Eyebrows were raised in the TV industry when ABC signed Steven Bochco to a 10-series deal in 1987.
For one thing, most producers fail more than they succeed--it's the nature of TV. For another, Bochco was best known for the most expensive kind of shows--hourlong dramas such as "Hill Street Blues" and "L.A. Law"--so ABC's financial risk was even greater.
Thus, the strong ratings and critical acclaim that greeted Bochco's controversial police series, "NYPD Blue," this past season were crucial in validating the network's commitment to the original deal.
As Bochco himself acknowledges, it's only the second of his first six series for ABC that can be considered a popular success. The other was "Doogie Howser, M.D.," a half-hour sitcom about a teen-age doctor that was a moderate hit with viewers.
"If you do 10 shows and four succeed," maintains the 50-year-old Bochco, "that's pretty remarkable. When's the last time anyone (in baseball) hit .400? We've got two out of six, and that's not bad."
It's ironic, as Bochco notes, that his first hit for ABC turned out to be "Doogie Howser." One-hour series from his production company, including the experimental drama-with-music police show "Cop Rock" and "Civil Wars," about two attorneys specializing in divorce cases, "didn't succeed, and those are expensive failures," he says.
Others that didn't make it in the ratings were the recent family drama "The Byrds of Paradise," about a widowed Yale professor who moves with his children to Hawaii, and "Capitol Critters," an animated show about a mouse and his pals who live in the White House.
But "NYPD Blue" revved up the deal again as it quickly established itself as a Tuesday night must-see. After all the \o7 Angst \f7 over protests about its language and nudity--mild compared to cable and films but relatively strong for networks--it would have been especially rough for ABC if it had failed, says Bochco: "Not 'Tough luck, kid,' but 'What the hell are you doing to us?' "
Despite strains during the years of the multi-series deal, says Bochco, ABC has been "pretty good" considering that "nothing generates the kind of clout that success generates. Let's face it: At the end of the day, that's all that anybody pays attention to."
What "NYPD Blue" did more than anything else for ABC--and, in fact, for all the networks--was demonstrate that traditional TV can compete with cable by breaking from its old standards to win back viewers.
"NYPD Blue" (which Bochco created with David Milch) also helped restore some faith in network drama at a time when the form is considered too expensive and is being replaced by cheaper-to-produce newsmagazines.
According to Bochco, his overall deal called for him to do seven series for ABC and then give the network first crack at future shows to round out the pact, although he then can take rejected projects elsewhere.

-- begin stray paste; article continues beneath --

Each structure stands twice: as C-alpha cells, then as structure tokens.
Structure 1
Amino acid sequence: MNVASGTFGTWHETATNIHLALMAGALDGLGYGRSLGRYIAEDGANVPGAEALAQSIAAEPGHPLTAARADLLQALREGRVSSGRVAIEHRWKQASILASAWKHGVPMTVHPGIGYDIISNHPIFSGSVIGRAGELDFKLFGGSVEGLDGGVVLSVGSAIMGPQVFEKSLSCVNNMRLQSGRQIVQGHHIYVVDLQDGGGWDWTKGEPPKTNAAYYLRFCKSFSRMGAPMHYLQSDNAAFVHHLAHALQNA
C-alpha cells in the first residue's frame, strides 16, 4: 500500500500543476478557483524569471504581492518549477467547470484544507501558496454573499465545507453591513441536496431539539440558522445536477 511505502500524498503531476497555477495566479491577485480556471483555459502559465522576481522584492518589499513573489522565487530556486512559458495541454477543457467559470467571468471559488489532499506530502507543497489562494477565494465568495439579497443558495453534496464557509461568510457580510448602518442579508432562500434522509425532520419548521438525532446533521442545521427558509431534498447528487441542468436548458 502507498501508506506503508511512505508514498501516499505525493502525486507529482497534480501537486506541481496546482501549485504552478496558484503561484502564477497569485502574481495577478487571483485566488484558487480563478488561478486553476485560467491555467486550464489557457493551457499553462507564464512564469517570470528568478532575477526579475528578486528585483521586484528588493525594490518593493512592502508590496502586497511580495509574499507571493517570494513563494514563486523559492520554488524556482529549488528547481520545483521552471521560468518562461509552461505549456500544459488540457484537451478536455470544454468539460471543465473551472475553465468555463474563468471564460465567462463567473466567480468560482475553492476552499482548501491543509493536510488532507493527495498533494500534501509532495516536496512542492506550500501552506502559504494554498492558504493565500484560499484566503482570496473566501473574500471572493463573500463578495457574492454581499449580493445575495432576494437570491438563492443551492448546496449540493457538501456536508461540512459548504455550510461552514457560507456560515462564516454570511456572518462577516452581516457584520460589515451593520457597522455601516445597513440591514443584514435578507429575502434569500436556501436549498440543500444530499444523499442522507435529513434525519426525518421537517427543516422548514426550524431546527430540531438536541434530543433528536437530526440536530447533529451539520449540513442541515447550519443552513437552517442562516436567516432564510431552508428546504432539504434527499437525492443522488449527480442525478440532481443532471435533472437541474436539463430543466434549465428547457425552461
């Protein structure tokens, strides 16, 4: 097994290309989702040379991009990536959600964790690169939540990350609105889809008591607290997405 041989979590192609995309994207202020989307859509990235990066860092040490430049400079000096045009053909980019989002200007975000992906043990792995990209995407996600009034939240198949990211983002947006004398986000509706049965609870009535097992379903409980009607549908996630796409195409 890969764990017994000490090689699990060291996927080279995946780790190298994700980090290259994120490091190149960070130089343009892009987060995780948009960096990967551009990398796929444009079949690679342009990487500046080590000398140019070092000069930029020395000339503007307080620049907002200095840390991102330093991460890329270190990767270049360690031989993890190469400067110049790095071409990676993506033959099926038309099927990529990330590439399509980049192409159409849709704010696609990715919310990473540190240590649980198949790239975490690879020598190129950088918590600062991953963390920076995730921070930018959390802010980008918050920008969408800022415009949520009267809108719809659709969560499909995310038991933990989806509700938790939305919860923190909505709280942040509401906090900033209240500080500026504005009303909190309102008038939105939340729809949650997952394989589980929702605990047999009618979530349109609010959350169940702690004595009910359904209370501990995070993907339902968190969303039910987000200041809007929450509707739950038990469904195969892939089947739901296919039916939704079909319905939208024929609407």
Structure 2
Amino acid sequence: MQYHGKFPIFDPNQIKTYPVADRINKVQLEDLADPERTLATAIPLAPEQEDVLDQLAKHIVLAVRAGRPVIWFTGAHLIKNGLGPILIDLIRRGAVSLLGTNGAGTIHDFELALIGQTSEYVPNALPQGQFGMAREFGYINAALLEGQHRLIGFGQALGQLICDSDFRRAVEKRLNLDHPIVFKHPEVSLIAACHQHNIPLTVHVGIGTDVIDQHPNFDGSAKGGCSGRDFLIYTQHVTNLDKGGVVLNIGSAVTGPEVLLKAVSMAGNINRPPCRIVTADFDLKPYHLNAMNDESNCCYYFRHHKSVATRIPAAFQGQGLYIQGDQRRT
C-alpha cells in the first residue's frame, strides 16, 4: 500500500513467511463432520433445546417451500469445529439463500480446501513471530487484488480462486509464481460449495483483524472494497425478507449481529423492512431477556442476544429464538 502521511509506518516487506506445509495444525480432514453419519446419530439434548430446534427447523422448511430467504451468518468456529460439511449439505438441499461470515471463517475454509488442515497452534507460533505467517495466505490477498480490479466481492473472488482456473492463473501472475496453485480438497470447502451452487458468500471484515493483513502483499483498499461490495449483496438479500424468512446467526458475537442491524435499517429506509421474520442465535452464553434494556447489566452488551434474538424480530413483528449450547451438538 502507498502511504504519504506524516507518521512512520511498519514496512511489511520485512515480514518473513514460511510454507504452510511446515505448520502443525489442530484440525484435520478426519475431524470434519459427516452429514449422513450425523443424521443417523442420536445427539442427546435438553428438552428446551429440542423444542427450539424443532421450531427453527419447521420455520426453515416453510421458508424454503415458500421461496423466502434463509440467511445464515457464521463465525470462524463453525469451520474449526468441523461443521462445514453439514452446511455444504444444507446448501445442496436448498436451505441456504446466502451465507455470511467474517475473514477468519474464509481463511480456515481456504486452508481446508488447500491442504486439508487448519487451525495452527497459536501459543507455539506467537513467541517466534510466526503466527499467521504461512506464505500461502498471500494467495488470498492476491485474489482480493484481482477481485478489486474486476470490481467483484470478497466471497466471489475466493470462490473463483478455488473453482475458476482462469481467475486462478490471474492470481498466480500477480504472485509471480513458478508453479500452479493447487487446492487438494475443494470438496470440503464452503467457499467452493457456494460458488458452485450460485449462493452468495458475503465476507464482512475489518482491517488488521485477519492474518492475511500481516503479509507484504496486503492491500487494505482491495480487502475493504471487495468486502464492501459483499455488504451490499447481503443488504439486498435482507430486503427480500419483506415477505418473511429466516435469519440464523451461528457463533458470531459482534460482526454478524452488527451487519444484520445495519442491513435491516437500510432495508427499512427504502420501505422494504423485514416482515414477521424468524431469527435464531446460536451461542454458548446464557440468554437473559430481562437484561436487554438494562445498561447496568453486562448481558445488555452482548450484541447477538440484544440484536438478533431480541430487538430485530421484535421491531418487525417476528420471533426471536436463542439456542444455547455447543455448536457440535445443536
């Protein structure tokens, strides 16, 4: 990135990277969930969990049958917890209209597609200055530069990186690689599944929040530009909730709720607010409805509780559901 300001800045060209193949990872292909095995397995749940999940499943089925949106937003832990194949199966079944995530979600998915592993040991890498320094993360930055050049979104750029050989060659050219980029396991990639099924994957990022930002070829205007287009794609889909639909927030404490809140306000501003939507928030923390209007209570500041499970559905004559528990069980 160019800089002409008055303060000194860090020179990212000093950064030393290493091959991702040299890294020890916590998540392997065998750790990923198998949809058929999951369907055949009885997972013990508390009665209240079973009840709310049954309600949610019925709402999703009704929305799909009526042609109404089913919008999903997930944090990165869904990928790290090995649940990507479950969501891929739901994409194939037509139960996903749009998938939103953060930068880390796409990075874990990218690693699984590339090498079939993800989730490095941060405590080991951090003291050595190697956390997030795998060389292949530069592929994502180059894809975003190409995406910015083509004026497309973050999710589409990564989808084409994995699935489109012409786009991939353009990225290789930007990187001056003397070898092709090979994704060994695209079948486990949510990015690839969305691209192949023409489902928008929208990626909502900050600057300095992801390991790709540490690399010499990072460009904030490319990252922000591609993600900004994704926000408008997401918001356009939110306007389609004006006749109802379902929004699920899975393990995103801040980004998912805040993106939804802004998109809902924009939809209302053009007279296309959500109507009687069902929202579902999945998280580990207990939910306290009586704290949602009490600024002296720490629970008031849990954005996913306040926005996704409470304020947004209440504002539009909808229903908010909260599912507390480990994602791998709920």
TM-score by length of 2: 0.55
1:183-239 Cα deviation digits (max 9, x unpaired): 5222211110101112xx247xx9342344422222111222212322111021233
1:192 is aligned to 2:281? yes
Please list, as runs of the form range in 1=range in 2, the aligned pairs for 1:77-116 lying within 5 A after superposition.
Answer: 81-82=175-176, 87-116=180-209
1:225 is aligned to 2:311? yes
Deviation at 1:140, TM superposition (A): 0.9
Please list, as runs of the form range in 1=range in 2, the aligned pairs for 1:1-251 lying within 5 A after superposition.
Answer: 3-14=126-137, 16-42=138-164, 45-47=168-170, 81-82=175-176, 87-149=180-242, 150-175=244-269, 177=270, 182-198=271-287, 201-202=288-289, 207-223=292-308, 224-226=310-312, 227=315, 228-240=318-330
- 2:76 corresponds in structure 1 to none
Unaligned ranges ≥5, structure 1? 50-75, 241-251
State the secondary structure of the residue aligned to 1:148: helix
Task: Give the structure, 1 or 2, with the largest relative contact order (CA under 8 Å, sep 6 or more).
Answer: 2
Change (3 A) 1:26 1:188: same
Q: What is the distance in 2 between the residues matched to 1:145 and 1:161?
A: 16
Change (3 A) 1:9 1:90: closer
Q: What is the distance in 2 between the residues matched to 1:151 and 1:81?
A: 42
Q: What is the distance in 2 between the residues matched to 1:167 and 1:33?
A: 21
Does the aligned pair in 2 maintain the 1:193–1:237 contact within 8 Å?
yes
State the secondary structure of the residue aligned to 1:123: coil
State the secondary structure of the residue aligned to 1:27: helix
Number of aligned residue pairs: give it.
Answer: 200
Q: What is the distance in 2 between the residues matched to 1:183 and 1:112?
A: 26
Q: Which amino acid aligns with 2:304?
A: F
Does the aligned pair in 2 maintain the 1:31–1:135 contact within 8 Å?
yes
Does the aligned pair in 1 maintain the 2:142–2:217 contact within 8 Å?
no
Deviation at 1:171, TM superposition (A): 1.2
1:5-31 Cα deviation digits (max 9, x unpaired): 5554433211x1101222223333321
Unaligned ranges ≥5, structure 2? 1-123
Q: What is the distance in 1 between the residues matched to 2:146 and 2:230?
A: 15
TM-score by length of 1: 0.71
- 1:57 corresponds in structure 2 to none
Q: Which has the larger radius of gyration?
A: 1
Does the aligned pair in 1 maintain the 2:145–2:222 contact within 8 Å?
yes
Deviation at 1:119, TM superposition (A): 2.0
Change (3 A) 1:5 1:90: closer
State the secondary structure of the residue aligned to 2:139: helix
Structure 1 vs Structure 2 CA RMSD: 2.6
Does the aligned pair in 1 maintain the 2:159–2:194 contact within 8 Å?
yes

His seventh series for ABC, another hour drama, is a postponed commitment targeted at the fall of 1995. Since last Jan. 1, he says, he has been free "to take anything else elsewhere" after ABC "has looked at it and decided whether they want it."
Insisting that it's been a "pretty terrific relationship," Bochco says complications arose in his deal with ABC "not because of the deal but because the industry has changed profoundly, and that has required tremendous patience and flexibility on everybody's part." Recalling the late 1980s and the networks' changing economic picture, he says:
"It was still pretty much perceived to be a three-network industry, with Fox a little upstart network, and that has proven to be a mistake. And the audience erosion that was beginning to appear wasn't being taken as seriously by the networks.
"The network share of the audience was higher. And the state of one-hour television was a hell of a lot better. The bottom virtually dropped out of the hour television business."
In addition, says Bochco, such factors as "the rise of cable and competing entertainment outlets" made it "a very complicated universe in which to service a contract which may have made a certain amount of business sense to ABC in 1988 but which perhaps made less sense in 1990, 1992, 1994. I think the deal was a function of my success in terms of hours (hour-long shows)."
In the late '80s, for instance, the networks' airwaves were jammed with such one-hour dramas as "thirtysomething," "Moonlighting," "MacGyver," "Matlock," "In the Heat of the Night," "Midnight Caller," "Murder, She Wrote," "China Beach," "The Equalizer," "Wiseguy," "Dynasty," "Beauty and the Beast," "Dallas," "Miami Vice," "Hunter," "Cagney & Lacey," "Tour of Duty," and "Magnum, P.I."
But the changing network atmosphere that followed and the demise of dramas, says Bochco, had a definite impact on his attitude toward making "NYPD Blue"--and, in fact, whether to do the show at all.